James Fenimore Cooper: The Last of the Mohicans

CHAPTER 3 (continued)

"It can't be denied that your traditions tell you true in both these matters," said the white man; "for I have been there, and have seen them, though why water, which is so sweet in the shade, should become bitter in the sun, is an alteration for which I have never been able to account."

"And the current!" demanded the Indian, who expected his reply with that sort of interest that a man feels in the confirmation of testimony, at which he marvels even while he respects it; "the fathers of Chingachgook have not lied!"

"The holy Bible is not more true, and that is the truest thing in nature. They call this up-stream current the tide, which is a thing soon explained, and clear enough. Six hours the waters run in, and six hours they run out, and the reason is this: when there is higher water in the sea than in the river, they run in until the river gets to be highest, and then it runs out again."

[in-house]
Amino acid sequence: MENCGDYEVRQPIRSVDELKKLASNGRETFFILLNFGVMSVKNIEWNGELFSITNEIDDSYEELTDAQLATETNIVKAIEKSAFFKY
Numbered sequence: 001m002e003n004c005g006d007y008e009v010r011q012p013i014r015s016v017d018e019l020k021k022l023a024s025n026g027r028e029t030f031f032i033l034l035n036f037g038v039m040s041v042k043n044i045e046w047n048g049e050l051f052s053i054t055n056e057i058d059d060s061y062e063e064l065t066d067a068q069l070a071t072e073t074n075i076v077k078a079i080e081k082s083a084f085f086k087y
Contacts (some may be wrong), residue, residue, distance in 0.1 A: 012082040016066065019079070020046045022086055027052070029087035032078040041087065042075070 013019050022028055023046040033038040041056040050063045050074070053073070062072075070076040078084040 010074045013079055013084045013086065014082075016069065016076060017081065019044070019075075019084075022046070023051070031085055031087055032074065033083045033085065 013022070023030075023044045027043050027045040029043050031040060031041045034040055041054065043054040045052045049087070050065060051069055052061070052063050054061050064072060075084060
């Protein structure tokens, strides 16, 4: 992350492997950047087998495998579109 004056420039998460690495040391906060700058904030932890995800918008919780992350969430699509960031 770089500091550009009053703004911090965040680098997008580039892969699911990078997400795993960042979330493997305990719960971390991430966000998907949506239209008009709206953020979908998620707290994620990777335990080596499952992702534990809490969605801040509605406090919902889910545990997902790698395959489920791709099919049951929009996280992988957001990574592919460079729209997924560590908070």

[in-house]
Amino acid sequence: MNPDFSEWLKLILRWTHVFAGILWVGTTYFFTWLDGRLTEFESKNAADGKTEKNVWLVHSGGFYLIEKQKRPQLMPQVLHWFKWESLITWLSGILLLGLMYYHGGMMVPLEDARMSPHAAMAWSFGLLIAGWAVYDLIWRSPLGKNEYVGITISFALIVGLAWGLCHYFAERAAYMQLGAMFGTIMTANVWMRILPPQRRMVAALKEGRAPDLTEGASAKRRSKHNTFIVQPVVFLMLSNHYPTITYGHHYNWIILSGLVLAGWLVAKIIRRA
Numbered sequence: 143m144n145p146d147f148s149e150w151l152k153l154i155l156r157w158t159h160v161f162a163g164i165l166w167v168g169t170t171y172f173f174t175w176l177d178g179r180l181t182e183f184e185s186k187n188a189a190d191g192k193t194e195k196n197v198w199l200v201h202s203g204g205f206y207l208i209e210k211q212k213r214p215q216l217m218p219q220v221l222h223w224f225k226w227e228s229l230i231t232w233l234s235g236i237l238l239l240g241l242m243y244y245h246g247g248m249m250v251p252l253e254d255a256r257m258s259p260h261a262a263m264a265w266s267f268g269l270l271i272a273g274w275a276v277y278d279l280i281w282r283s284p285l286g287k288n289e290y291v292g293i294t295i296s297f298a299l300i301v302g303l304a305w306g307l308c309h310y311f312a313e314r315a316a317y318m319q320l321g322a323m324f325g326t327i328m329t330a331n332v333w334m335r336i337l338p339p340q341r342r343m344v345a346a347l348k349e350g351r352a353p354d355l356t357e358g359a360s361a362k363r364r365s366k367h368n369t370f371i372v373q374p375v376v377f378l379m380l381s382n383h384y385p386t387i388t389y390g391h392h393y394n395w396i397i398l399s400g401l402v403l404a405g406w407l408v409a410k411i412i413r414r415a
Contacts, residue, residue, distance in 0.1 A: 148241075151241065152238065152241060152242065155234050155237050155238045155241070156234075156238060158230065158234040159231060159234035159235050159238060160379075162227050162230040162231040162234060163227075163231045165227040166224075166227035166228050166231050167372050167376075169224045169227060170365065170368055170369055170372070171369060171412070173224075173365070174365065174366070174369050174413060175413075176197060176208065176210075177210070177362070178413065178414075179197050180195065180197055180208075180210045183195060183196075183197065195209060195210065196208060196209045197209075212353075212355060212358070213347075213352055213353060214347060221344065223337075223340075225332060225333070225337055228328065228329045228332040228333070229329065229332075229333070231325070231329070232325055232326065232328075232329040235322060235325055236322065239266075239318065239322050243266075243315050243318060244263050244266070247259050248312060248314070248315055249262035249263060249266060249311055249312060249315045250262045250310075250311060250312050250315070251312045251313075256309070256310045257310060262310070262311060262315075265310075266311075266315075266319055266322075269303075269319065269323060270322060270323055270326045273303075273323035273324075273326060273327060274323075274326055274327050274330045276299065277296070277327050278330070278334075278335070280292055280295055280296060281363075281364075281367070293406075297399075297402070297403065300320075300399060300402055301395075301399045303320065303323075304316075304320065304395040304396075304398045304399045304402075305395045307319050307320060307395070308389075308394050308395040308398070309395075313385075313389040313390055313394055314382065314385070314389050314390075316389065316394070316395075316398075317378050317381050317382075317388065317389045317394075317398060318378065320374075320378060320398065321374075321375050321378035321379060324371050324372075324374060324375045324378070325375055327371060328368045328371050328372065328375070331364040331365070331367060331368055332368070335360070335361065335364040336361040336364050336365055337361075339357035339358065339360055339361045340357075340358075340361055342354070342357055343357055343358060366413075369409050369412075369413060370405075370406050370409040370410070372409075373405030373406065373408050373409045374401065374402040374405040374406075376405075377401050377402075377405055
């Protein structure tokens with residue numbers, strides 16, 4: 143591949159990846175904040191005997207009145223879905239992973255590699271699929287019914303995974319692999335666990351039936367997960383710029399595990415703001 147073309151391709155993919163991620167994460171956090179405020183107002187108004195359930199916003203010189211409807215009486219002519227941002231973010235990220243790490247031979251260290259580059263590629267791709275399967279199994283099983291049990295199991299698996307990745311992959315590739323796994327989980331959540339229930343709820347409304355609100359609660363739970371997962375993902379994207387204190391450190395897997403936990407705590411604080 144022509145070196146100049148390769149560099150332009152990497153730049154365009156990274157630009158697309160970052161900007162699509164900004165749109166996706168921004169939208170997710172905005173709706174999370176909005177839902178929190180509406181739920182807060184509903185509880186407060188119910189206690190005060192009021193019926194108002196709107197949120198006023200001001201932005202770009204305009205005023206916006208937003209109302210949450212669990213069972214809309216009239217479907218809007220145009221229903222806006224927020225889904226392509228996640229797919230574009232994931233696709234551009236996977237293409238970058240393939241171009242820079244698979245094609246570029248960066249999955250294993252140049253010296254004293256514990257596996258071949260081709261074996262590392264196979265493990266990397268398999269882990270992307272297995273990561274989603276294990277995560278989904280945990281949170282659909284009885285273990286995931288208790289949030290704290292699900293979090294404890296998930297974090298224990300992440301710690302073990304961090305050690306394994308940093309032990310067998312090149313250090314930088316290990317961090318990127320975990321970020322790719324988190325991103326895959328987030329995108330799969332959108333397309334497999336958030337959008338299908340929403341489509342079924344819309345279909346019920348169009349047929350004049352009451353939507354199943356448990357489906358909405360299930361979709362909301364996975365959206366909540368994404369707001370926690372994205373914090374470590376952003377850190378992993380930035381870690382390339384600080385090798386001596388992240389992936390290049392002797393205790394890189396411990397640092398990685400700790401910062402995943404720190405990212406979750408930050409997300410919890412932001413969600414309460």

"The waters in the woods, and on the great lakes, run downward until they lie like my hand," said the Indian, stretching the limb horizontally before him, "and then they run no more."

"No honest man will deny it," said the scout, a little nettled at the implied distrust of his explanation of the mystery of the tides; "and I grant that it is true on the small scale, and where the land is level. But everything depends on what scale you look at things. Now, on the small scale, the 'arth is level; but on the large scale it is round. In this manner, pools and ponds, and even the great fresh-water lakes, may be stagnant, as you and I both know they are, having seen them; but when you come to spread water over a great tract, like the sea, where the earth is round, how in reason can the water be quiet? You might as well expect the river to lie still on the brink of those black rocks a mile above us, though your own ears tell you that it is tumbling over them at this very moment."

If unsatisfied by the philosophy of his companion, the Indian was far too dignified to betray his unbelief. He listened like one who was convinced, and resumed his narrative in his former solemn manner.

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